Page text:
Lack of sleep increases heart disease risk factors

 - Sakshi Post

The new health guidelines by the American Heart Association talk about sleep as one of the critical factors for heart health, besides diet, physical activity and blood pressure. This new update underscores the widening consensus of the scientific community that links sleep to a healthy heart and its role in helping prevent heart related ailments that have seen a sharp rise globally in the last few years. The heart association recommends adults to get at least seven to nine hours of sleep nightly, which is increasingly becoming a challenge especially since the covid pandemic hit the world in 2020. According to a survey in 2021, since COVID-19 started, many Indian adults reported sleep challenges such as- difficulty in falling asleep (37%), difficulty staying asleep (27%), and waking up during the night (39%).

"Getting a good night's sleep is not just essential for our overall well-being, but also important to maintain our heart health. Lack of sleep does not necessarily directly cause heart disease but it definitely increase the risk factors responsible for cardiovascular diseases," shares Dr. Tilak Suvarna, Senior Interventional Cardiologist, Asian Heart Institute, Mumbai

Dr Tilak lists out 5 ways by which lack of sleep is linked to increased risk of heart disease

·       Hypertension, which is one of the major risk factors for heart attack and stroke, is deeply connected with our quality of sleep. Blood pressure (BP) is a measurement of the force against the walls of arteries when the heart pumps blood to the body.  Our BP falls down while sleeping. However, in the absence of adequate quality sleep, BP can persistently stay high. This can result in high BP or hypertension and its undesirable consequences. Hypertension forces the heart to work harder and can damage the heart arteries.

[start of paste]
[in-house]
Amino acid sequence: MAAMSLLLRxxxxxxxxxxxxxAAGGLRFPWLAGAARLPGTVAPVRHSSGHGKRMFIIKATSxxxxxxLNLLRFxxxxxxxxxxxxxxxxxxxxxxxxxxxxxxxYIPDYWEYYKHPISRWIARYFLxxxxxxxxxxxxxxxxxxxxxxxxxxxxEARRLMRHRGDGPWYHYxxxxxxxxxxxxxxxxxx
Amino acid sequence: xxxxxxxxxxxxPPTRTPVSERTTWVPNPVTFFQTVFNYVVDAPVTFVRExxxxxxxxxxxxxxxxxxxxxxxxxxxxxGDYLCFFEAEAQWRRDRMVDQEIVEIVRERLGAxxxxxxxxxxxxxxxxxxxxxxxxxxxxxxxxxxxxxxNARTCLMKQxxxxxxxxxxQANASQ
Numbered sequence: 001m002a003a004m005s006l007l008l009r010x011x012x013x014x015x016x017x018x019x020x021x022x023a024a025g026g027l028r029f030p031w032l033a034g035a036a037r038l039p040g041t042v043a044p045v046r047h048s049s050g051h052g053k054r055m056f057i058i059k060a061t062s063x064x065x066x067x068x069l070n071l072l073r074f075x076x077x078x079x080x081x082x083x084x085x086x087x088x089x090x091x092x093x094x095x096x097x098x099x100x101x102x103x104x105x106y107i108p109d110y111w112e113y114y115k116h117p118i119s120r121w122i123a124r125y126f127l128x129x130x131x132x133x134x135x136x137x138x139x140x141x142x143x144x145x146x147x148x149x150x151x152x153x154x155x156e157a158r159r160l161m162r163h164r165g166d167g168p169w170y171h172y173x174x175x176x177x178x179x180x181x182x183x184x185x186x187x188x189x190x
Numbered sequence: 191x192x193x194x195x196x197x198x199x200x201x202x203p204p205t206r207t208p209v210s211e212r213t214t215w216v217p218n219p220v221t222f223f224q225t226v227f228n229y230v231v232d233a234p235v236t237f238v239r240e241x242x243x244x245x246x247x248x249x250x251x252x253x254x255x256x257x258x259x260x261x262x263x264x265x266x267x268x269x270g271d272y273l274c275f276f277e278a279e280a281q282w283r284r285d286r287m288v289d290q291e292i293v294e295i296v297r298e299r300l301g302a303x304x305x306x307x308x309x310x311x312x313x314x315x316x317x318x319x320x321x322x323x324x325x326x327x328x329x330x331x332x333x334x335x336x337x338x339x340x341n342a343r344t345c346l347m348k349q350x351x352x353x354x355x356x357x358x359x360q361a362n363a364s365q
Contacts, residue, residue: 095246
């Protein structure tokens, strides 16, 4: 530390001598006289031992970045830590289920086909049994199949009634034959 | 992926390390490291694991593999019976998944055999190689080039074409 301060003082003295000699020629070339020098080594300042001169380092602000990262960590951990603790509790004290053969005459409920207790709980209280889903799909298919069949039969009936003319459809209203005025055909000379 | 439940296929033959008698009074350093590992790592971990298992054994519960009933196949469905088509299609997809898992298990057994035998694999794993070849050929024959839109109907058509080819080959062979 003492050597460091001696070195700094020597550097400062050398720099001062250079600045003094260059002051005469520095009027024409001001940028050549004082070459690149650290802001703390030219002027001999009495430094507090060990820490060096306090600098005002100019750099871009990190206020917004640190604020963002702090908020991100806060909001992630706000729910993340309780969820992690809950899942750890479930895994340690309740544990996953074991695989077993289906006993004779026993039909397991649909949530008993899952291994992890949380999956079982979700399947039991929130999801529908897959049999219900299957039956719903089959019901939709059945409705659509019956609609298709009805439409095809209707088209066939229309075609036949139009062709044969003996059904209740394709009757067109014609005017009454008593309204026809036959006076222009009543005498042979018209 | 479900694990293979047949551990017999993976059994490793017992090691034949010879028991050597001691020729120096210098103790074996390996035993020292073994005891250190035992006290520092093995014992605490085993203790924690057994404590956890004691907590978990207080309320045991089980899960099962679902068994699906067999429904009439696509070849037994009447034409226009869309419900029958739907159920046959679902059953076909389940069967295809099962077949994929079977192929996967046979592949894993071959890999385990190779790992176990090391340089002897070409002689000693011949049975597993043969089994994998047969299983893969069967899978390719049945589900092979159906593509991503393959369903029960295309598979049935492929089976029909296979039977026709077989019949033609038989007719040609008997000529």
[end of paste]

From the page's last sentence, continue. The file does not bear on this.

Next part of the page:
·       Diabetes Mellitus, another major risk factor for cardiovascular disease, is worsened with inadequate sleep. This happens because lack of sleep increases the body's insulin resistance. The hormone insulin helps control the amount of sugar (glucose) in the blood, however during insulin resistance, the body doesn’t respond normally to insulin. As a result of this, glucose cannot enter the cells as easily. Over a period of time, consistent insulin resistance leads to type 2 diabetes. 

·       Obesity is another key factor that is intricately related to the quality of sleep. Inadequate or lack of sleep is believed to adversely affect the appetite centre in the brain. This can lead to over-eating and weight gain, especially in children and adolescents who need more sleep than adults. This sets the foundation for cardiac problems in later life.

·       Those suffering from obstructive sleep apnoea, a sleep disorder in which you repeatedly stop breathing during sleep due to narrowed or blocked airways, are at a greater risk of heart disease. This sleep disorder leads to daytime sleepiness and tiredness. If not treated on time these patients can suffer from coronary heart disease, heart failure, stroke and irregular heart rhythm.

·       People who are sleep-deprived show less variability in their heart rate. This means that instead of fluctuating normally, the heart rate usually stays elevated. This has been found to be associated with increased risk of heart attack.

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